Digital Preservation Strategy


The organization charged with the preservation of permanent electronic government records must proactively address the risks associated with technology obsolescence including plans related to periodic renewal of storage devices, storage media, and the adoption of preferred preservation file formats.

The Archives/RM unit does not have a plan to address technology obsolescence.

Move Up to Level 1:

Develop/update an inventory of file formats in the Archives by collection or record type. Assign a team to review the inventory against good practice guidance. If the Archives does not currently have digital collections, consider piloting the inventory with a single agency, division, or department.

Conduct a survey or outreach effort to agency records managers and IT professionals to develop a list of enterprise and agency records systems and the formats in use for permanent government records. Consult with IT (state/territory or third party) who manage electronic records storage media to discuss best practices and plans to address technology obsolescence for permanent records collections.

The Archives/RM unit accepts electronic records in their native format on an ad hoc basis with the expectation that new software will become available to support these formats.

Move Up to Level 2:

Maintain the inventory of file formats in the Archives’ electronic records collections. Develop policies that identify file formats best suited for preservation and disseminate to agency staff and IT personnel who support the transfer of permanent records to the state/territorial archives.

The Archives/RM unit encourages records producers to retain records of long-term value in preservation-ready file formats. The Archives/RM unit proactively and systematically monitors changes in technologies that may impact permanent electronic records collections and the digital repository.

Move Up to Level 3:

Define requirements for migration of legacy electronic records held by agencies to supported preservation file formats. Create or update existing reformatting guidance (including digitization) to reflect preferred file format outputs and specifications. Document migration plans and workflows so the process can be replicated. Monitor file formats of incoming electronic records and develop preservation strategies (e.g., social media, virtual meetings, etc.)

The Archives/RM unit implements transformation of selected native file formats to preferred/supported preservation file formats in the digital repository.

Move Up to Level 4:

Develop plans to migrate all permanent electronic records accessioned by the Archives to supported preservation file formats. Document each migration plan and workflow to preserve the records’ digital provenance.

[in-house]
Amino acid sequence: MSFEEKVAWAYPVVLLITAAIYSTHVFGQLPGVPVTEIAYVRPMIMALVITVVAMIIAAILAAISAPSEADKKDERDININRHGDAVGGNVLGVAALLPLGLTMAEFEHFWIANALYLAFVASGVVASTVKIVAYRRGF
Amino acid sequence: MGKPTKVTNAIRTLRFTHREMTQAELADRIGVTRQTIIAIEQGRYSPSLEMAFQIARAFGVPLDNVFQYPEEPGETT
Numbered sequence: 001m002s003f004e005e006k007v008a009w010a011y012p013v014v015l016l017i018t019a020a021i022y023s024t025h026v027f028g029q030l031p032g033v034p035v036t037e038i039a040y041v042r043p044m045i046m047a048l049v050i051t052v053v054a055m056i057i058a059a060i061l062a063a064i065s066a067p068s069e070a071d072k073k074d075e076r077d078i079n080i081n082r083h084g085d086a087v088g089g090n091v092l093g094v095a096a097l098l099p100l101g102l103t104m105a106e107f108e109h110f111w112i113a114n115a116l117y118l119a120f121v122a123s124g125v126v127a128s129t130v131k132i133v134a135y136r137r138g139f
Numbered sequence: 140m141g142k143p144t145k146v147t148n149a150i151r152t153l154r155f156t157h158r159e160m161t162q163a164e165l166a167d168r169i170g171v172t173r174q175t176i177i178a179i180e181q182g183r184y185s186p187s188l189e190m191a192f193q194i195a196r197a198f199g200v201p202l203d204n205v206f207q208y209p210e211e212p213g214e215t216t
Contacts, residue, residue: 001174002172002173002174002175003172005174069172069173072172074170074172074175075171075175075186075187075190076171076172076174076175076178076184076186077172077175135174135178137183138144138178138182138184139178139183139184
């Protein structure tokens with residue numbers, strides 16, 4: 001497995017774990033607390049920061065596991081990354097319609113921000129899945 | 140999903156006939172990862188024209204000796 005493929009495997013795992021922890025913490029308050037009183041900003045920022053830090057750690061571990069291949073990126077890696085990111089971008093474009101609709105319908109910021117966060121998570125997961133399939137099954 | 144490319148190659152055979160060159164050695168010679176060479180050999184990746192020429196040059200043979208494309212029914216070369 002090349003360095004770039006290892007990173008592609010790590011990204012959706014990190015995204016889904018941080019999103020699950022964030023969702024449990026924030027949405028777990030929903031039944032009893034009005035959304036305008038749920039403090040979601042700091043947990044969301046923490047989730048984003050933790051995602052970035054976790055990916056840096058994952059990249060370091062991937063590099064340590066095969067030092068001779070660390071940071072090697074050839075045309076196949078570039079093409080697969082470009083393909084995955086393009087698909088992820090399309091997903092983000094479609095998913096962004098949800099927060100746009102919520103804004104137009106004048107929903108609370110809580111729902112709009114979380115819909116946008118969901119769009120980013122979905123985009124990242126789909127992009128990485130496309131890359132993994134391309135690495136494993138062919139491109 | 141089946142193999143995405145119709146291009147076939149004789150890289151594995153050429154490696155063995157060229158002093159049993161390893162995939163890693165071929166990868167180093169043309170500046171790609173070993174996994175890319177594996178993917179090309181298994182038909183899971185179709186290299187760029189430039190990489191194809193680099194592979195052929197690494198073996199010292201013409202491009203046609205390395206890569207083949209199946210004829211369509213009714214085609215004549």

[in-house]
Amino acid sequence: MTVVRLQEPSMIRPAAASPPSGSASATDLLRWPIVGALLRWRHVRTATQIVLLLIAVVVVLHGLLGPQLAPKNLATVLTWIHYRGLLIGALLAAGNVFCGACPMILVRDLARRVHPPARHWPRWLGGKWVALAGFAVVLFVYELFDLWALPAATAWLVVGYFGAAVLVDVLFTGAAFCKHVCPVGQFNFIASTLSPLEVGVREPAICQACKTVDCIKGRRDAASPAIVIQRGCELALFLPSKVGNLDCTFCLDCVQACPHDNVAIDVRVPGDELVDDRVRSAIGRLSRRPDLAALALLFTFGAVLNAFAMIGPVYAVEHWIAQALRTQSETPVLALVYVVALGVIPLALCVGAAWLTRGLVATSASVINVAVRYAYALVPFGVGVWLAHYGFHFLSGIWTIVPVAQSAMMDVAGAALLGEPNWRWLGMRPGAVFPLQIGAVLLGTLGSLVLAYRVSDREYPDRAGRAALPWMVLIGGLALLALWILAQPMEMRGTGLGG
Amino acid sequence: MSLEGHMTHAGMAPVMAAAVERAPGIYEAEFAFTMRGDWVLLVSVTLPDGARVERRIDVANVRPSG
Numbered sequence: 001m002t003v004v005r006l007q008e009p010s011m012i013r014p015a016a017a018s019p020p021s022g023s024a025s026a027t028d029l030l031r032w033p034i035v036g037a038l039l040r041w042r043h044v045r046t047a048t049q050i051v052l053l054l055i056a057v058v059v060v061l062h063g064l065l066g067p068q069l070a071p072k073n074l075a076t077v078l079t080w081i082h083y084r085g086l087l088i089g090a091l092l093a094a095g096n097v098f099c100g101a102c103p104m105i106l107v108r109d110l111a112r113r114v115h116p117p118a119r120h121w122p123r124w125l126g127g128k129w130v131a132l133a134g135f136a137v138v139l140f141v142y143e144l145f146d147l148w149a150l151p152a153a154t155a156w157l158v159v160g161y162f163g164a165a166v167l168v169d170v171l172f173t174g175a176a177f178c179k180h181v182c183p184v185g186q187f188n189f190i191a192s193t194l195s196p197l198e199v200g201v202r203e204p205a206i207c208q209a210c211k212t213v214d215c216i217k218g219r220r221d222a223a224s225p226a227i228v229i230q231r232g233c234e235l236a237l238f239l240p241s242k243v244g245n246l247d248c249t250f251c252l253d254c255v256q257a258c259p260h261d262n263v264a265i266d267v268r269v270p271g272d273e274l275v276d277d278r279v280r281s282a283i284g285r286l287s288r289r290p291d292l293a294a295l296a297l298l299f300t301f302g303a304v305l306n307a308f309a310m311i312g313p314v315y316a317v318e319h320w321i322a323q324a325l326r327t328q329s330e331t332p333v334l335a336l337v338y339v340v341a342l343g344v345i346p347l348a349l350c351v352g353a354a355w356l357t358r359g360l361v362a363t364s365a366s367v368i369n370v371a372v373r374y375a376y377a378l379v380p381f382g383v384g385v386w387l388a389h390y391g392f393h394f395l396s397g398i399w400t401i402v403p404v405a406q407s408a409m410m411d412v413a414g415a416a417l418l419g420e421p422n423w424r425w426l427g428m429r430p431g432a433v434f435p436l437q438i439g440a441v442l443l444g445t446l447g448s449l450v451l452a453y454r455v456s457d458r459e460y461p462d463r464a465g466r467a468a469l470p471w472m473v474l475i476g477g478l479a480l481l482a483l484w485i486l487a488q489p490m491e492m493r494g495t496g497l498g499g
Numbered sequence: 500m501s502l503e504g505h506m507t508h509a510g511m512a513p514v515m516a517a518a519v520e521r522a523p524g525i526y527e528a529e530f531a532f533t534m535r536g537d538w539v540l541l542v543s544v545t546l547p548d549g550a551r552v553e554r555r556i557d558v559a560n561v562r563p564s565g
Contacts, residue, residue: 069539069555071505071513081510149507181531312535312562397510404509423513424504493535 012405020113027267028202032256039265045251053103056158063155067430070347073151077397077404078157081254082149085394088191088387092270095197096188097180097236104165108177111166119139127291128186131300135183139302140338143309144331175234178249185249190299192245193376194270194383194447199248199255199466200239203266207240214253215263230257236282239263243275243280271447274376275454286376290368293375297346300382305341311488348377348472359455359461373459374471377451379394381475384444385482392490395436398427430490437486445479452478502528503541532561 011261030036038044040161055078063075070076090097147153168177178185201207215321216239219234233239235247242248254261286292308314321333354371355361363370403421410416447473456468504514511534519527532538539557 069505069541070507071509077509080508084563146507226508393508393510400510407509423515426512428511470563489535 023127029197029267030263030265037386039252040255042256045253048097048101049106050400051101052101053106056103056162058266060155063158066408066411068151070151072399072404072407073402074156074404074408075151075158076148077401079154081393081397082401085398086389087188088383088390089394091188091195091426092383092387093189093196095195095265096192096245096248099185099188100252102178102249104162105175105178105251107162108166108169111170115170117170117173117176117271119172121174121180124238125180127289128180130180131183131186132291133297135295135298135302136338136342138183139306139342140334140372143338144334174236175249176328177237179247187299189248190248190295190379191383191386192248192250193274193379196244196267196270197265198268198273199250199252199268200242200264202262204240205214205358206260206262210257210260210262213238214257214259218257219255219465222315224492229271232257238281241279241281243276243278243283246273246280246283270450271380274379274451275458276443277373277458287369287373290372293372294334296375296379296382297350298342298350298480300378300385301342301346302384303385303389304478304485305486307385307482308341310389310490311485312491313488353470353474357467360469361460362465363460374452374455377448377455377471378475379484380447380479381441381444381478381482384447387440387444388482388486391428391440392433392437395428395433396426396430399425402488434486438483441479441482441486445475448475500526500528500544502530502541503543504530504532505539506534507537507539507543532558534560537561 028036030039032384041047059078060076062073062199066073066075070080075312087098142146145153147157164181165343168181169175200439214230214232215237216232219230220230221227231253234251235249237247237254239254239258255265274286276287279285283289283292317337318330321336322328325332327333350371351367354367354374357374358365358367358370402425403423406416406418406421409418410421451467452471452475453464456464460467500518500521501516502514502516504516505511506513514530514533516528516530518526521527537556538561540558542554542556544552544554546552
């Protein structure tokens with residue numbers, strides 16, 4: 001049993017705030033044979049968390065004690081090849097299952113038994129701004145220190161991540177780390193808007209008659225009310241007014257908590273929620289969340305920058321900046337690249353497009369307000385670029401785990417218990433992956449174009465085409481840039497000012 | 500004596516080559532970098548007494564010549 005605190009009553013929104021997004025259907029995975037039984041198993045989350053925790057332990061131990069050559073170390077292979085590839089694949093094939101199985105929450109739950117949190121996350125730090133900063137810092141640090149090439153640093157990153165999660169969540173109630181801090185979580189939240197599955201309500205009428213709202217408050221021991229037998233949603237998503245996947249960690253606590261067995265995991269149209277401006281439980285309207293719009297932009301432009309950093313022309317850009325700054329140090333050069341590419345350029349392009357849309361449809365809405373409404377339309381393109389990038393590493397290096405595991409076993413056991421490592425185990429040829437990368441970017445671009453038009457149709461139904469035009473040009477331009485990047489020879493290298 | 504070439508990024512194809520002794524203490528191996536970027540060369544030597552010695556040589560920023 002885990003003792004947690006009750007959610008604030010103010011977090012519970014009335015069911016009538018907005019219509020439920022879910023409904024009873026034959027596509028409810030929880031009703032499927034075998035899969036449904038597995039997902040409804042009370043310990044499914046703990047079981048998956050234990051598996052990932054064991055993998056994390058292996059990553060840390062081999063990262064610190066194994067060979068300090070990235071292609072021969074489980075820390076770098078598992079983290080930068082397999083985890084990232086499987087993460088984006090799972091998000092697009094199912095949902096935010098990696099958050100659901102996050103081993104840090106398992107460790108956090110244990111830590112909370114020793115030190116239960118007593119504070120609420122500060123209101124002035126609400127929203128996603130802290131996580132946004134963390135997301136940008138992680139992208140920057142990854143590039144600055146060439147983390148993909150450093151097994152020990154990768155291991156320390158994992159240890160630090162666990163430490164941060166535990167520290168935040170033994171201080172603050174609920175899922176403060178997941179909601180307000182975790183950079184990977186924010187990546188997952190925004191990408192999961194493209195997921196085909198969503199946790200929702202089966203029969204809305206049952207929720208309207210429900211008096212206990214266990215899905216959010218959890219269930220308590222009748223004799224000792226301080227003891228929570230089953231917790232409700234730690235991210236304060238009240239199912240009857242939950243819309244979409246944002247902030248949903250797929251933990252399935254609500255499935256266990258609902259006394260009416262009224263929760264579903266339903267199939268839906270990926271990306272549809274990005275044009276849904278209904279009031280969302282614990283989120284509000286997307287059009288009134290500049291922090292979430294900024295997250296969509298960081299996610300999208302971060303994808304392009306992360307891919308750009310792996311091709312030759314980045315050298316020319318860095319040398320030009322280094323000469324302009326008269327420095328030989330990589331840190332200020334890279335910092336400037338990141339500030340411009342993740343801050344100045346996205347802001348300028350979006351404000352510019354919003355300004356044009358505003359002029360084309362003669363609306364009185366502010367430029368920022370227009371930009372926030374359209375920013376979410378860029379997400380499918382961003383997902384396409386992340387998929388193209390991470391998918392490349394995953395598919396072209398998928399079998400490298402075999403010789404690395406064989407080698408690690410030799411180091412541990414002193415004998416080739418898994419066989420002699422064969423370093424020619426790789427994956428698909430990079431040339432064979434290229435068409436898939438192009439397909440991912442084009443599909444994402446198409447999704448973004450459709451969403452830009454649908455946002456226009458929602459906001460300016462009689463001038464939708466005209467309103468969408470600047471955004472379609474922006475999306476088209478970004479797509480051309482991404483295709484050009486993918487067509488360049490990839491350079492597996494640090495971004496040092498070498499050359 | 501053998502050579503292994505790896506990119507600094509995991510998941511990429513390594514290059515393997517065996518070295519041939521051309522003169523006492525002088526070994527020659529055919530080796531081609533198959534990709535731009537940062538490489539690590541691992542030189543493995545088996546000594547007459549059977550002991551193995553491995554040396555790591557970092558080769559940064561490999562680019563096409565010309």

The Archives/RM unit implements transformation of all permanent electronic records from records producing units to preferred preservation file formats in the digital repository.

Sustain Level 4:

Given the exponential increase in the volume and diversity of electronic records in public sector agencies, a digital archive managed by the state/territorial Archives/RM unit that efficiently transforms incoming records at scale must have robust technology to manage digital object integrity. Transformation before or during ingest is a common digital preservation practice that can be performed manually or automatically via workflows in the digital repository. File transformation programs at producer agencies should be developed in consultation with the Archives, Records Management, and Information Technology stakeholders.


Digital preservation of and access to permanent electronic government records cannot be efficiently or effectively achieved without an integrated set of people-process-technologies and a commitment to sustainability of trustworthy digital repositories. Establishing the capability to monitor technology and business needs, assess risks, and follow good practices associated with file format migration and renewal of storage devices/media is critical for digital repositories operated by state and territory Archives/RM units.

Manufacturers of servers and tape drives typically provide a warranty for their product for only 3-5 years. New software solutions are generally only backwards compatible for only one to two generations. These risks are well known to IT/IM stakeholders who can serve as resources for technology monitoring and planning.